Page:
1. Cell Biology
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Regulated spindle orientation buffers tissue growth in the epidermis

  1. Angel Morrow
  2. Julie Underwood
  3. Lindsey Seldin
  4. Taylor Hinnant
  5. Terry Lechler  Is a corresponding author
  1. Duke University, United States
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Cite this article as: eLife 2019;8:e48482 doi: 10.7554/eLife.48482

Abstract

Tissue homeostasis requires a balance between progenitor cell proliferation and loss. Mechanisms that maintain this robust balance are needed to avoid tissue loss or overgrowth. Here we demonstrate that regulation of spindle orientation/asymmetric cell divisions is one mechanism that is used to buffer changes in proliferation and tissue turnover in mammalian skin. Genetic and pharmacologic experiments demonstrate that asymmetric cell divisions were increased in hyperproliferative conditions and decreased under hypoproliferative conditions. Further, active K-Ras also increased the frequency of asymmetric cell divisions. Disruption of spindle orientation in combination with constitutively active K-Ras resulted in massive tissue overgrowth. Together, these data highlight the essential roles of spindle orientation in buffering tissue homeostasis in response to perturbations.

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There are no large datasets associated with this manuscript.

Article and author information

Author details

  1. Angel Morrow

    Department of Dermatology, Duke University, Durham, United States
    Competing interests
    The authors declare that no competing interests exist.
  2. Julie Underwood

    Department of Dermatology, Duke University, Durham, United States
    Competing interests
    The authors declare that no competing interests exist.
  3. Lindsey Seldin

    Department of Dermatology, Duke University, Durham, United States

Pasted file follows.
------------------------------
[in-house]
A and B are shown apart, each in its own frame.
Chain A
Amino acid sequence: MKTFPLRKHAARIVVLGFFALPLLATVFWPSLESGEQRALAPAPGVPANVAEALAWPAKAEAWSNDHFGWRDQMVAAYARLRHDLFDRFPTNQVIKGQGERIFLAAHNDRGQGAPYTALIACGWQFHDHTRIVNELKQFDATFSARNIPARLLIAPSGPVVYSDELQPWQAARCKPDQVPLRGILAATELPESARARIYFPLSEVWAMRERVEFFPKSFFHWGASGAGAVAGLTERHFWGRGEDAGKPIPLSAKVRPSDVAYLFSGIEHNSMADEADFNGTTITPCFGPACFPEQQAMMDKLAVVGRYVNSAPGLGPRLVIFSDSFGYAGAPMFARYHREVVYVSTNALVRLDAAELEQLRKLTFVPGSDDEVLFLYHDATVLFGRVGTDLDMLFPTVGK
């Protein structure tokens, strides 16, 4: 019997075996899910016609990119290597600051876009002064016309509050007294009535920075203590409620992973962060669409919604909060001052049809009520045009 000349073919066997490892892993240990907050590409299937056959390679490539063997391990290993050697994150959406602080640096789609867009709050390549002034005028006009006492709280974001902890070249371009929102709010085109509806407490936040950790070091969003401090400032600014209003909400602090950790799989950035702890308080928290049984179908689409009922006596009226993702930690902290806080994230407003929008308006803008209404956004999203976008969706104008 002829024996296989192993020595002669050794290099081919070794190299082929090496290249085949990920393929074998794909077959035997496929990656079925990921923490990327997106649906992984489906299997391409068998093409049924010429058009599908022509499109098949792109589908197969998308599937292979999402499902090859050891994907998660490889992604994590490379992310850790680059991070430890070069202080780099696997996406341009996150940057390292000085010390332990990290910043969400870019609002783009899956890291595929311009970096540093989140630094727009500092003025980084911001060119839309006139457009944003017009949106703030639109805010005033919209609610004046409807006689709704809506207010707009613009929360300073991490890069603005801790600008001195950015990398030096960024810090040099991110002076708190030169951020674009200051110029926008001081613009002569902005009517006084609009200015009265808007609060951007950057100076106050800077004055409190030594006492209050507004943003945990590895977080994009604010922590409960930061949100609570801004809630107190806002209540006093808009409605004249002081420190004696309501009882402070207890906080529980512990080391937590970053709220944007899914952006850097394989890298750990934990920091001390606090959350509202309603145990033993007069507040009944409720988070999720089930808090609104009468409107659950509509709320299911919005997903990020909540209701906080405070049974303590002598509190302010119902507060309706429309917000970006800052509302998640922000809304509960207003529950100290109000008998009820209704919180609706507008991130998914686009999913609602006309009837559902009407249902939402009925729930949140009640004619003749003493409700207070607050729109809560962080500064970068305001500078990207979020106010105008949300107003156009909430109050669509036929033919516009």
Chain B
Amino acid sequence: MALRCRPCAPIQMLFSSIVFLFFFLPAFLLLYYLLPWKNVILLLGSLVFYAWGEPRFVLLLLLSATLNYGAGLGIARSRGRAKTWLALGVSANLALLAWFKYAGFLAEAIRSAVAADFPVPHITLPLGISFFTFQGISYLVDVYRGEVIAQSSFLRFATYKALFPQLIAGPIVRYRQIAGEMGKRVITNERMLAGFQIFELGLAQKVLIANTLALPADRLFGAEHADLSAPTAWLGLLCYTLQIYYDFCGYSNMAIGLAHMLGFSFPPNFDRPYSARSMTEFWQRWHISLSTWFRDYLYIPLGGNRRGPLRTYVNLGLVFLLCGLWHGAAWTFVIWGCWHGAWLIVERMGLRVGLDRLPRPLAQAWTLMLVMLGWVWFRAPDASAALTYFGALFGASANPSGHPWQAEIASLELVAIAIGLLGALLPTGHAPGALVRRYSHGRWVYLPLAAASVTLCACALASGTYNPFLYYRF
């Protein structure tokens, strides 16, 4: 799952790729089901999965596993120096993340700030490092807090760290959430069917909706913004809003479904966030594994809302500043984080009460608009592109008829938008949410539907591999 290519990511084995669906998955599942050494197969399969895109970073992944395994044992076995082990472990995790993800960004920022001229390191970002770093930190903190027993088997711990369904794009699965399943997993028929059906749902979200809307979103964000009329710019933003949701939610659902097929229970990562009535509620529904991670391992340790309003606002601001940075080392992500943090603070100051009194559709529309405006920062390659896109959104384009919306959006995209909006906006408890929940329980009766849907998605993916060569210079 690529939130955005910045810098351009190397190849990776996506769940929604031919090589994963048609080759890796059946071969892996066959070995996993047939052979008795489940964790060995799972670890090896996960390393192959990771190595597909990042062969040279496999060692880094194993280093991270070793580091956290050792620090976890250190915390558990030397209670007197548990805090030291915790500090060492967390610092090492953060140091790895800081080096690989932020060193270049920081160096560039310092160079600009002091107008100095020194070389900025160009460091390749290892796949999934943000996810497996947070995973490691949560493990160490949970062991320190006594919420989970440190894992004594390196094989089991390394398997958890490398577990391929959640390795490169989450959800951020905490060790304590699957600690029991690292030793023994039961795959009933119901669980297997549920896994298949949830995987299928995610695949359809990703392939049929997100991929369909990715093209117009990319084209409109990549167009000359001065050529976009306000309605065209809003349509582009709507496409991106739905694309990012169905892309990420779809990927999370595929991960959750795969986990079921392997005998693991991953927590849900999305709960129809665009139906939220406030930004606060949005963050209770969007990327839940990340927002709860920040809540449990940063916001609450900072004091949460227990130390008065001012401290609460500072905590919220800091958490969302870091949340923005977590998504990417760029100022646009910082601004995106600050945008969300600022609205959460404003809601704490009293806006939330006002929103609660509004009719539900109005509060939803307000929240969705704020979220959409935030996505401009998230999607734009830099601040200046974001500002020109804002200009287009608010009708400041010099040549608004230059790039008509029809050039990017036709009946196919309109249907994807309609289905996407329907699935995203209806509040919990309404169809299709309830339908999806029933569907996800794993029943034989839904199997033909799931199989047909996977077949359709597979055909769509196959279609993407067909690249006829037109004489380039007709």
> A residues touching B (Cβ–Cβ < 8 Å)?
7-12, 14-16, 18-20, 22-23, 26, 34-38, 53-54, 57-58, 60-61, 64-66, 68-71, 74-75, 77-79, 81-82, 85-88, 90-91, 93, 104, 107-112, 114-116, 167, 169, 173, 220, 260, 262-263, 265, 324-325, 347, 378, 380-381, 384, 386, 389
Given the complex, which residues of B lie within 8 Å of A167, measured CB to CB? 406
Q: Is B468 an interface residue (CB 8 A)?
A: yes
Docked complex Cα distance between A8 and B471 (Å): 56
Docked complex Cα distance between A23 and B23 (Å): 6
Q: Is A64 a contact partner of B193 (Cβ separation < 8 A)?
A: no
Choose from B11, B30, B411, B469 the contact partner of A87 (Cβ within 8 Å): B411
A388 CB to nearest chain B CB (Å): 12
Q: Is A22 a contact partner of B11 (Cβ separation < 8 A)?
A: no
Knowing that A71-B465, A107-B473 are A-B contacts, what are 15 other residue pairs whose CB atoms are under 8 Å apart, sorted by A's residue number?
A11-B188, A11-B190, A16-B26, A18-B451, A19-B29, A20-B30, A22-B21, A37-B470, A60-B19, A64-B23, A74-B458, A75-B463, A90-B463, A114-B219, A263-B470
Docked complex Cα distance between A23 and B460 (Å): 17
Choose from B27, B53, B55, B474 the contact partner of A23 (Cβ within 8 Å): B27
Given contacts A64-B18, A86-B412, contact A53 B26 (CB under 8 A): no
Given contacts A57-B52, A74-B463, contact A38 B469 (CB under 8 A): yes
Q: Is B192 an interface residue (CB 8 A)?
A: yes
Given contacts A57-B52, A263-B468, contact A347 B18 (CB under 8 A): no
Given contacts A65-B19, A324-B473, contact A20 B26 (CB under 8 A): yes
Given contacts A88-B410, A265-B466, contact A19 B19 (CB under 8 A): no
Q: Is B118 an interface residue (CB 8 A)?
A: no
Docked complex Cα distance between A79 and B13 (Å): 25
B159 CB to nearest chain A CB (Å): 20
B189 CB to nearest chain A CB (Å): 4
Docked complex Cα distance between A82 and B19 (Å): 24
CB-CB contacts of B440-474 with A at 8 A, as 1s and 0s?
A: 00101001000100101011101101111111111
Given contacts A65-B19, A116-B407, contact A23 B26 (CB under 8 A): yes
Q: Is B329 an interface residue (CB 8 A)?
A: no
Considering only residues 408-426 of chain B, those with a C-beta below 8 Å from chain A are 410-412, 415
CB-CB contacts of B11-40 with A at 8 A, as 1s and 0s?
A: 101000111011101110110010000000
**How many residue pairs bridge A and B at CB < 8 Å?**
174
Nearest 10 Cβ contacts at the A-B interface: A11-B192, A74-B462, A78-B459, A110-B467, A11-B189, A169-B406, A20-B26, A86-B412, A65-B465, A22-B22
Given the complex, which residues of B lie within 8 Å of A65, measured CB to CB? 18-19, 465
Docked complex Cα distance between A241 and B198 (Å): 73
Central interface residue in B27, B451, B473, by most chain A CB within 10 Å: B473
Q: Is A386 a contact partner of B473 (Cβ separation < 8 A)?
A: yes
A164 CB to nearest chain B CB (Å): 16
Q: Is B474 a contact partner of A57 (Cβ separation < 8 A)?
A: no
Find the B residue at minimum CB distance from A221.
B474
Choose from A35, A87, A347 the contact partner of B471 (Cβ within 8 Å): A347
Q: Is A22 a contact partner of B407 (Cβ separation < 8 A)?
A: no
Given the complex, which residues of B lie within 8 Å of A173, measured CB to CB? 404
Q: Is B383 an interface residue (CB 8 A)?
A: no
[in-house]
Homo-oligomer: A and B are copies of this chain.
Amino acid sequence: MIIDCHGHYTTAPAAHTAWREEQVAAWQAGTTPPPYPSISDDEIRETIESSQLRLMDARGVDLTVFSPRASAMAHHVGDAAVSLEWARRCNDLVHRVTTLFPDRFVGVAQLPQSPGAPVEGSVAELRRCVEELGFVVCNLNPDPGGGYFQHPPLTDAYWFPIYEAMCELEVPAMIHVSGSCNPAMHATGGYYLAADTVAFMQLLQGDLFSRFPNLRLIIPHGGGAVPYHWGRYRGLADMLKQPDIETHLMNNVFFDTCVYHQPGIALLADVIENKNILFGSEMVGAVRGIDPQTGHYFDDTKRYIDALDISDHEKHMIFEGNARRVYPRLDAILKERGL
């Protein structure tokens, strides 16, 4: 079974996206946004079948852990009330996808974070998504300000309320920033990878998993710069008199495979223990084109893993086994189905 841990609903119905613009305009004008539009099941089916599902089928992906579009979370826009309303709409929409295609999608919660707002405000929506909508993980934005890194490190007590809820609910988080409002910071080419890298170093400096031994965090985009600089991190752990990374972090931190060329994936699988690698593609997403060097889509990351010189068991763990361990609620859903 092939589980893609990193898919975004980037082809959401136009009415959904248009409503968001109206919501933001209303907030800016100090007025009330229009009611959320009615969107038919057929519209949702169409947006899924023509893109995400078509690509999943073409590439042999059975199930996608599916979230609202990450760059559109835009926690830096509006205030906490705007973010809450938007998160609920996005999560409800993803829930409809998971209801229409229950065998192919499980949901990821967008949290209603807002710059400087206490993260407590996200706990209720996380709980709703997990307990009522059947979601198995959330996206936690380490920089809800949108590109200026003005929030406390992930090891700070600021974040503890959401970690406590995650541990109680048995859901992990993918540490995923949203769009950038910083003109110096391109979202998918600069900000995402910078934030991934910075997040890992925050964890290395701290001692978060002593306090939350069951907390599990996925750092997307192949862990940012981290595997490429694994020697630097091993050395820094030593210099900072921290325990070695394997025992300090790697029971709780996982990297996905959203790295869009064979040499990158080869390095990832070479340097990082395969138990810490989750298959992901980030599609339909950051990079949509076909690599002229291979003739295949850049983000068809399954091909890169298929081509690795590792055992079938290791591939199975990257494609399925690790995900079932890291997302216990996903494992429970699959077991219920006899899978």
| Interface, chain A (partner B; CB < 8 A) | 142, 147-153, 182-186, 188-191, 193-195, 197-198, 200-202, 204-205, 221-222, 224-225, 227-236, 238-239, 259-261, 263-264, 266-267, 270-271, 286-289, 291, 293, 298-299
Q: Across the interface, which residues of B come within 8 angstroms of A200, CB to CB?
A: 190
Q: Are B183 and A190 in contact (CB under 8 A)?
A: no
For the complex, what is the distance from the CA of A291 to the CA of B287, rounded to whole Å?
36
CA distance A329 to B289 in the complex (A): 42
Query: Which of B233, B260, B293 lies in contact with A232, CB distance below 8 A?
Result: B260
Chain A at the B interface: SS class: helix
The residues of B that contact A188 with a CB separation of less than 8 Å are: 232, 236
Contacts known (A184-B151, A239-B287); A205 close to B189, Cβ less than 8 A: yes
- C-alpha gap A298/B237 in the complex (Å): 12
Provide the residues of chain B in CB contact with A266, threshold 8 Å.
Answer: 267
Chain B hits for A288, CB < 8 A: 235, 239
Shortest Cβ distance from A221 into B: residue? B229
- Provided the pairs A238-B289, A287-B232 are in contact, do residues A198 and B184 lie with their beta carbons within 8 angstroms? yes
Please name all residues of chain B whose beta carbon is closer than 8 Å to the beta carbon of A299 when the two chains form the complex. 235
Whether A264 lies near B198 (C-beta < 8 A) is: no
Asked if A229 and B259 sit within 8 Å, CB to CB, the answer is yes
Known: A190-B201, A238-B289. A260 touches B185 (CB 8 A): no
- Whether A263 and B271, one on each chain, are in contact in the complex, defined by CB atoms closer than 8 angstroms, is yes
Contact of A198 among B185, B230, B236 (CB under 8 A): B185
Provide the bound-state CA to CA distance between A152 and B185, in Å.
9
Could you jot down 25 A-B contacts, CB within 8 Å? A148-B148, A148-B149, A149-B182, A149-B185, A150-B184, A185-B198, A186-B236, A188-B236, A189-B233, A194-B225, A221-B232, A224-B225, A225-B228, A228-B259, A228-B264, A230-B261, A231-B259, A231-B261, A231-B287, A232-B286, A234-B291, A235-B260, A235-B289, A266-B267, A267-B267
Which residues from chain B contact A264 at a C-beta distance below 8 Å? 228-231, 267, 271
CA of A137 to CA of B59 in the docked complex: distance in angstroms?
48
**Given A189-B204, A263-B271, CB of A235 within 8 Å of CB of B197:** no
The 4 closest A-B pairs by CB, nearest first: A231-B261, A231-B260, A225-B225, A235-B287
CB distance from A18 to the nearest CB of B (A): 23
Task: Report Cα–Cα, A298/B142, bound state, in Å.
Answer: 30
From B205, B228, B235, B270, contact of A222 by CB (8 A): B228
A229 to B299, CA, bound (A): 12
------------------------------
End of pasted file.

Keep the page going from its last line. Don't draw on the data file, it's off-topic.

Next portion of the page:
Competing interests
    The authors declare that no competing interests exist.
    ORCID icon "This ORCID iD identifies the author of this article:" 0000-0002-4995-1152
  4. Taylor Hinnant

    Department of Dermatology, Duke University, Durham, United States
    Competing interests
    The authors declare that no competing interests exist.
    ORCID icon "This ORCID iD identifies the author of this article:" 0000-0002-8912-6851
  5. Terry Lechler

    Department of Dermatology, Duke University, Durham, United States
    For correspondence
    terry.lechler@duke.edu
    Competing interests
    The authors declare that no competing interests exist.
    ORCID icon "This ORCID iD identifies the author of this article:" 0000-0003-3901-7013

Funding

National Institute of Arthritis and Musculoskeletal and Skin Diseases (R01AR067203)

  • Terry Lechler

National Institute of Arthritis and Musculoskeletal and Skin Diseases (R01AR055926)

  • Terry Lechler

The funders had no role in study design, data collection and interpretation, or the decision to submit the work for publication.

Ethics

Animal experimentation: This study was performed in accordance with recommendation in the Guide for the Care and Use fo Laboratory Animals of the NIH. Animals were handled according to an approved IACUC protocol (A092-18-04) from Duke University.

Reviewing Editor

  1. Beate Maria Lichtenberger, Medical University of Vienna, Austria

Publication history

  1. Received: May 15, 2019
  2. Accepted: October 1, 2019
  3. Accepted Manuscript published: October 2, 2019 (version 1)
  4. Version of Record published: October 15, 2019 (version 2)

Copyright

© 2019, Morrow et al.

This article is distributed under the terms of the Creative Commons Attribution License permitting unrestricted use and redistribution provided that the original author and source are credited.

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